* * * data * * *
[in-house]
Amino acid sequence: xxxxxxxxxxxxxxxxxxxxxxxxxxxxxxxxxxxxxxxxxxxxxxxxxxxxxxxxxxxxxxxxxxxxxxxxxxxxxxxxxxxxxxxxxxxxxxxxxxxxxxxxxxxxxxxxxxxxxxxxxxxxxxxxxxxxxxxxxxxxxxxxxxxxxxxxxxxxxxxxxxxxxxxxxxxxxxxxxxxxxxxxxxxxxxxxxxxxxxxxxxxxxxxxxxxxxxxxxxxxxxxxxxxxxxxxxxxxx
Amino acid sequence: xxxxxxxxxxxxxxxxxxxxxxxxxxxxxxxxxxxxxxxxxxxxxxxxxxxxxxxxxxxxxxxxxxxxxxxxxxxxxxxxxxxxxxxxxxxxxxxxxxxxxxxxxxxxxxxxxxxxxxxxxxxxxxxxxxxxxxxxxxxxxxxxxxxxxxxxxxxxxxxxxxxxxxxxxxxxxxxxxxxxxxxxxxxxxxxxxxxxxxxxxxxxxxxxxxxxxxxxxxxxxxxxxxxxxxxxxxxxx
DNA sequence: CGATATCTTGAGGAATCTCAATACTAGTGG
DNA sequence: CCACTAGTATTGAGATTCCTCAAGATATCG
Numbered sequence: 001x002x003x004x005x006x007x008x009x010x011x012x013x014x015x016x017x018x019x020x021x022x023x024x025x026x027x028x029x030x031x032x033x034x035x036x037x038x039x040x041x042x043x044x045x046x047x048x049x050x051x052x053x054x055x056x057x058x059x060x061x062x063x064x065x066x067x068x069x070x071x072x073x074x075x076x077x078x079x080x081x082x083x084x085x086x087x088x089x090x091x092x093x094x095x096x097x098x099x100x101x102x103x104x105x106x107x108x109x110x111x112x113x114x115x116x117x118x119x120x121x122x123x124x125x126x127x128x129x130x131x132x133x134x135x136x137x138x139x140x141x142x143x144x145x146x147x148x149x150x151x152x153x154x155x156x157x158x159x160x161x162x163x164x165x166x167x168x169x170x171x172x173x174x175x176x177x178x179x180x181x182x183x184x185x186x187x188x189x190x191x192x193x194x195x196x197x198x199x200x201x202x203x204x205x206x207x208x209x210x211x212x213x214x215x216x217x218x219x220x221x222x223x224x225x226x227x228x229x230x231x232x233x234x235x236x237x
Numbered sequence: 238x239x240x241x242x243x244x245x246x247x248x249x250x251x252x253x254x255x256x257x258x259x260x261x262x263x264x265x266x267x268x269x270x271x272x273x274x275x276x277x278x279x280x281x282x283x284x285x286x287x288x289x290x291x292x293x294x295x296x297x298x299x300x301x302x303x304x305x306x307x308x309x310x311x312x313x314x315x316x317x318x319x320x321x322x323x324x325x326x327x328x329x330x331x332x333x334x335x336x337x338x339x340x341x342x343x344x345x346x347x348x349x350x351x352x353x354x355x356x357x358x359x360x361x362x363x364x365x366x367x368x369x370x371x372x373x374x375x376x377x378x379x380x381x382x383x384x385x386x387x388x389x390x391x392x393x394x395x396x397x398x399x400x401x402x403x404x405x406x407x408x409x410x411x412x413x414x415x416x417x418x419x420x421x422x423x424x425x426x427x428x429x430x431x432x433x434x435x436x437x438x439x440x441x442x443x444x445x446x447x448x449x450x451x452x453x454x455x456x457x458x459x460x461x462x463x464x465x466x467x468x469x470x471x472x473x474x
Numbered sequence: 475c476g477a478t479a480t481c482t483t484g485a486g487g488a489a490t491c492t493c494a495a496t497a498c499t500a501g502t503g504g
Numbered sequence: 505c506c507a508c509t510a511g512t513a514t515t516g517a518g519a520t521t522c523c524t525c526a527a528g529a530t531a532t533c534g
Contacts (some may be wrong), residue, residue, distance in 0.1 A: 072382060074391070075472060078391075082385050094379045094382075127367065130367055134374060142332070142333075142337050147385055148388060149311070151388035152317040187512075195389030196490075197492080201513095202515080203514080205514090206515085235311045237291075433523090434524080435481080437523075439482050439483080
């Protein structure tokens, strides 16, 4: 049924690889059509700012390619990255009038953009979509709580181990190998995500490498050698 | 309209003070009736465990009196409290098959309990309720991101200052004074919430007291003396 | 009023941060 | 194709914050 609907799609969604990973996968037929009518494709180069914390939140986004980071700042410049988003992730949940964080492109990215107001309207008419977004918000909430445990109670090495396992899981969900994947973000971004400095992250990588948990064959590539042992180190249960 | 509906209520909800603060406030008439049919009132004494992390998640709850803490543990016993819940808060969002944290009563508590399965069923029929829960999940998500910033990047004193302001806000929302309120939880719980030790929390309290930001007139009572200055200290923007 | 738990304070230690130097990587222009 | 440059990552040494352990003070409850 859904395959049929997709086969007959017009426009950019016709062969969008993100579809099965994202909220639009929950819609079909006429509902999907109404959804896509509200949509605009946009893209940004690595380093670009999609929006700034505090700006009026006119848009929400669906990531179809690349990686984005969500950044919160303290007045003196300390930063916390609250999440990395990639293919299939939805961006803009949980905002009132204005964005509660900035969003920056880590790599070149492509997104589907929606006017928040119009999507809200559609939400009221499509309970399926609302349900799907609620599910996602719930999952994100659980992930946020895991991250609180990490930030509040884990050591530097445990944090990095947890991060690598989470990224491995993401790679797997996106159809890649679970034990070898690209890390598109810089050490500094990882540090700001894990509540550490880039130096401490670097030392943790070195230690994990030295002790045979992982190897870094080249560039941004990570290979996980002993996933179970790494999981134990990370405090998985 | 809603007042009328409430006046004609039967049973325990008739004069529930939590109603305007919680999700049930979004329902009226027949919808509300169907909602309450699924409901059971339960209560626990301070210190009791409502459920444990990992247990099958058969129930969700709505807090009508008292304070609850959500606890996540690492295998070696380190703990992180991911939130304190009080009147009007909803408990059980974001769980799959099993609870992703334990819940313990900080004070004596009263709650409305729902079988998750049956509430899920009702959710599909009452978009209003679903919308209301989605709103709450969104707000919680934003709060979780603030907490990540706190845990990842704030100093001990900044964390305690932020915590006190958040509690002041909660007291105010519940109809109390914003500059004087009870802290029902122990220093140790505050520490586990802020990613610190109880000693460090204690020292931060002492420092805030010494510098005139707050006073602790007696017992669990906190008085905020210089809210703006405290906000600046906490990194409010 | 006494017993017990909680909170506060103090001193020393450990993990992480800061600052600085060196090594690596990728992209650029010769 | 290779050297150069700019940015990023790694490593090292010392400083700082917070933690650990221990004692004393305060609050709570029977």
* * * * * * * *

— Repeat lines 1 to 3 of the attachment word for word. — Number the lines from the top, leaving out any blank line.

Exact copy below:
[in-house]
Amino acid sequence: xxxxxxxxxxxxxxxxxxxxxxxxxxxxxxxxxxxxxxxxxxxxxxxxxxxxxxxxxxxxxxxxxxxxxxxxxxxxxxxxxxxxxxxxxxxxxxxxxxxxxxxxxxxxxxxxxxxxxxxxxxxxxxxxxxxxxxxxxxxxxxxxxxxxxxxxxxxxxxxxxxxxxxxxxxxxxxxxxxxxxxxxxxxxxxxxxxxxxxxxxxxxxxxxxxxxxxxxxxxxxxxxxxxxxxxxxxxxx
Amino acid sequence: xxxxxxxxxxxxxxxxxxxxxxxxxxxxxxxxxxxxxxxxxxxxxxxxxxxxxxxxxxxxxxxxxxxxxxxxxxxxxxxxxxxxxxxxxxxxxxxxxxxxxxxxxxxxxxxxxxxxxxxxxxxxxxxxxxxxxxxxxxxxxxxxxxxxxxxxxxxxxxxxxxxxxxxxxxxxxxxxxxxxxxxxxxxxxxxxxxxxxxxxxxxxxxxxxxxxxxxxxxxxxxxxxxxxxxxxxxxxx